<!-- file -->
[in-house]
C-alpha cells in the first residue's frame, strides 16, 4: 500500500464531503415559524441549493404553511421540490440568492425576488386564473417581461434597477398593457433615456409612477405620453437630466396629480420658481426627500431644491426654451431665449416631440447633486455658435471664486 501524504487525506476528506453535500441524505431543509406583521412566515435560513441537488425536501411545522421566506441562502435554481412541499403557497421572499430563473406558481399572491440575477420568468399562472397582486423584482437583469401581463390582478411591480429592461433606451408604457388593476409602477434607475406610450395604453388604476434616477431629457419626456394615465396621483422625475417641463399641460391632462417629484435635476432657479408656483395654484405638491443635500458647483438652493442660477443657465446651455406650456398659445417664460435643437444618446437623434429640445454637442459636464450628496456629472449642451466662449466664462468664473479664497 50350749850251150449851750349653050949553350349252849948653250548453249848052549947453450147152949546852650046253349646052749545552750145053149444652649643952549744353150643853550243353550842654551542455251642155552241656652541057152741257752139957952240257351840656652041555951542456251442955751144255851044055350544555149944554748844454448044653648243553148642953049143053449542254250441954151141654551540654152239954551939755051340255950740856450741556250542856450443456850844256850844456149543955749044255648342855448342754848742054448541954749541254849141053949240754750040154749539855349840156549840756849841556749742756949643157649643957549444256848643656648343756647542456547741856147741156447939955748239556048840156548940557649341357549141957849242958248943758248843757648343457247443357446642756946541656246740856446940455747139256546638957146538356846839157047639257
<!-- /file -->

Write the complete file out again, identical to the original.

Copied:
[in-house]
C-alpha cells in the first residue's frame, strides 16, 4: 500500500464531503415559524441549493404553511421540490440568492425576488386564473417581461434597477398593457433615456409612477405620453437630466396629480420658481426627500431644491426654451431665449416631440447633486455658435471664486 501524504487525506476528506453535500441524505431543509406583521412566515435560513441537488425536501411545522421566506441562502435554481412541499403557497421572499430563473406558481399572491440575477420568468399562472397582486423584482437583469401581463390582478411591480429592461433606451408604457388593476409602477434607475406610450395604453388604476434616477431629457419626456394615465396621483422625475417641463399641460391632462417629484435635476432657479408656483395654484405638491443635500458647483438652493442660477443657465446651455406650456398659445417664460435643437444618446437623434429640445454637442459636464450628496456629472449642451466662449466664462468664473479664497 50350749850251150449851750349653050949553350349252849948653250548453249848052549947453450147152949546852650046253349646052749545552750145053149444652649643952549744353150643853550243353550842654551542455251642155552241656652541057152741257752139957952240257351840656652041555951542456251442955751144255851044055350544555149944554748844454448044653648243553148642953049143053449542254250441954151141654551540654152239954551939755051340255950740856450741556250542856450443456850844256850844456149543955749044255648342855448342754848742054448541954749541254849141053949240754750040154749539855349840156549840756849841556749742756949643157649643957549444256848643656648343756647542456547741856147741156447939955748239556048840156548940557649341357549141957849242958248943758248843757648343457247443357446642756946541656246740856446940455747139256546638957146538356846839157047639257